The long story of chemist, philanthropist, and art collector Alfred R. Bader's life has intersected many times with the tragedies and triumphs of the 20th century. There have been twists and turns, and he remembers all the dates associated with them. Festivities held at Queen's University, Kingston, Ontario, on May 12 have made that date a happier one for Bader.
Born in Vienna of Jewish parents, Bader was sent to England in 1938 at the age of 14, one of more than 10,000 children who were saved from the Nazi genocide. A year later, Bader was deported from England and sent to Canada. On May 12, 1940, he was interned in a prisoner-of-war camp in Canada as an enemy alien. On May 12, 2004, he was honored by Queen's University--his alma mater--the university that Bader says "saved" him.
The celebration held at Queen's last month was officially a commemoration of Bader's 80th birthday (which was actually April 28), but it encompassed much more. There were birthday cards and gifts and a cake, of course, and Bader and his wife, Isabel, were obviously delighted with the festivities. The university even renamed Queen's Crescent--the street on which the chemistry department building sits--Bader Lane.
The festivities also provided an opportunity to explore the close and precious relationship that Bader has had with Queen's University for more than 60 years. Bader told an audience of chemistry faculty, graduate students, and summer undergraduate students, "Queen's saved me a year of my life, and I have been thanking them ever since."
He explained that a year and a half after he was imprisoned in Canada, he was released from custody and was "frantic to get into college." He was a superior student and had excellent qualifications, so he applied to the University of Toronto and McGill University. Bader recalled that these universities were not willing to accept him because they had already enrolled their quota of Jews, who he says were considered undesirable students.
Queen's University, however, accepted Bader as a student with open arms and treated him well, awarding him bachelor's degrees in 1945 in engineering chemistry and in 1946 in history and then a master's degree in chemistry in 1947. Bader went on to receive M.A. and Ph.D. degrees in chemistry from Harvard University in 1949 and 1950, respectively.
Bader is well known in chemistry as the one of the founders of Aldrich Chemical Co., now Sigma-Aldrich--the world's largest supplier of research chemicals. Bader was primarily responsible for turning this small start-up company into a billion-dollar enterprise. And this success has made Bader a wealthy man, who is, for his part, a generous man.?
Bader is equally well known in the art world as a preeminent collector--particularly of 17th-century Dutch paintings. He is also a philanthropist whose gifts have benefited many institutions, notably those in the areas of chemistry, education, and Jewish interests.
Queen's University in particular has benefitted a great deal from Bader's generosity, which has included many gifts, from endowed professorships to priceless paintings to a castle in England. On this visit, he presented the university's department of art and the Agnes Etherington Art Center with a painting: "Portrait of a Man Holding a Skull" by Michael Sweerts (1618-64). The art department, in turn, held a standing-room-only discussion on three paintings from the center's Bader Collection.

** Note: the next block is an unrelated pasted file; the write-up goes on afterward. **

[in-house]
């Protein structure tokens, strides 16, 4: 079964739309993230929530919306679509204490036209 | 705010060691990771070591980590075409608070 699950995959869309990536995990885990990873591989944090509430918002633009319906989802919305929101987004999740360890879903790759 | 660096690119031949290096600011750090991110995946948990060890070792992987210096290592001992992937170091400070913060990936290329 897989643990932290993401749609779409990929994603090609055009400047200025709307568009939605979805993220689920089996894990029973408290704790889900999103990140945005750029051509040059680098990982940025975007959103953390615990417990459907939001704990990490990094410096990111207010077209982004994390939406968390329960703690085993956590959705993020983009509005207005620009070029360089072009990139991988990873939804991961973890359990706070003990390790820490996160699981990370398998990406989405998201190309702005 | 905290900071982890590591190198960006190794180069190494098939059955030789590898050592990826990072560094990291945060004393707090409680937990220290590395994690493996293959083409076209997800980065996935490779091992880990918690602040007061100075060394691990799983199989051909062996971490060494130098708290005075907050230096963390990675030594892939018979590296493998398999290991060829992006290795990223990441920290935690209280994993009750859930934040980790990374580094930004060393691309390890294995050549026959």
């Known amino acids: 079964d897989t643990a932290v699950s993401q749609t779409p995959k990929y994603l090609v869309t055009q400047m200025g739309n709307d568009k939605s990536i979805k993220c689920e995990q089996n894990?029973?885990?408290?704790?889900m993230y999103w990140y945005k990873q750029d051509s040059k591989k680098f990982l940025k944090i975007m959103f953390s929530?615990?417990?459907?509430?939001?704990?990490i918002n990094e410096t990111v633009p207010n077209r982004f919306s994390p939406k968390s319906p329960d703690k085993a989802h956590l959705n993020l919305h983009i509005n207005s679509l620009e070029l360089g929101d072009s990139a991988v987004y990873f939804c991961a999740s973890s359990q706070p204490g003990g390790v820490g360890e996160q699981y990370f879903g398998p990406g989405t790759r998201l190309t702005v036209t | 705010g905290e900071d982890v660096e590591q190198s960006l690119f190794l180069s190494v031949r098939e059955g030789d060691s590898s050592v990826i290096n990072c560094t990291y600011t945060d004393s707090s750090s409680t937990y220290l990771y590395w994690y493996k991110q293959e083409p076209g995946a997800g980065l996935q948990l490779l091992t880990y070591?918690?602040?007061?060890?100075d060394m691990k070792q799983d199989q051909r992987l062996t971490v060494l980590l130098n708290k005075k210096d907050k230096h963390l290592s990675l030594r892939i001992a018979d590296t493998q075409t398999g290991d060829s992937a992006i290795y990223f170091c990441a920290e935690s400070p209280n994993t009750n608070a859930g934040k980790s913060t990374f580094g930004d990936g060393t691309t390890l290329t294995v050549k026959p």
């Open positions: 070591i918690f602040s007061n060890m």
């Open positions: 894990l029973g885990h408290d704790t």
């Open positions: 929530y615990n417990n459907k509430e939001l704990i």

A chemistry symposium in Bader's honor was organized by Queen's chemistry department head David M. Wardlaw and Victor Snieckus, the Alfred Bader Chair in Organic Chemistry. Speakers at the symposium were Nobel Laureate K. Barry Sharpless of Scripps Research Institute and Gilbert Stork, emeritus professor of chemistry at Columbia University.
At the symposium, Sharpless praised chemical entrepreneur Bader as "the enabler of organic chemists across the board." He then proceeded to give an interesting lecture on, among other things, water. "I am increasingly excited by water," Sharpless said, noting that "life is just one of the games water can play."
Sharpless argued that humans are so enchanted by complexity that they frequently don't look to simple solutions to synthetic problems. He urged chemists to appreciate simplicity--for example, water as a solvent in synthesis. He then gave a few examples of syntheses that work exceedingly well in aqueous solution.
In his remarks, Stork lovingly detailed various approaches to the total synthesis of morphine.
Stork finds the structure of the molecule enticing, and he is not alone. He said there have been 22 total syntheses of morphine in the chemical literature since 1952. During a question-and-answer session after the talks, Bader's eyes lit up as he asked his longtime friend Stork why he was so interested in this particular synthesis--"it had been done so many times before." Stork noted that the molecule had been imprinted on his subconscious for more than 50 years. "You may as well ask, 'Why paint a picture of a mother and child?'" he added.
After the talks, Snieckus presented Bader with two keepsakes. One was a bound book with individual birthday greetings from nearly 100 members of the chemistry community. He also gave Bader a mock-up of an upcoming cover of an issue of the Canadian Journal of Chemistry that will honor Bader with a special issue in 2005.
Bader was joyful, telling the audience how happy these events had made him, and thanking everyone at Queen's. He then introduced his wife to the audience, thanking her, his partner in all endeavors, to great applause.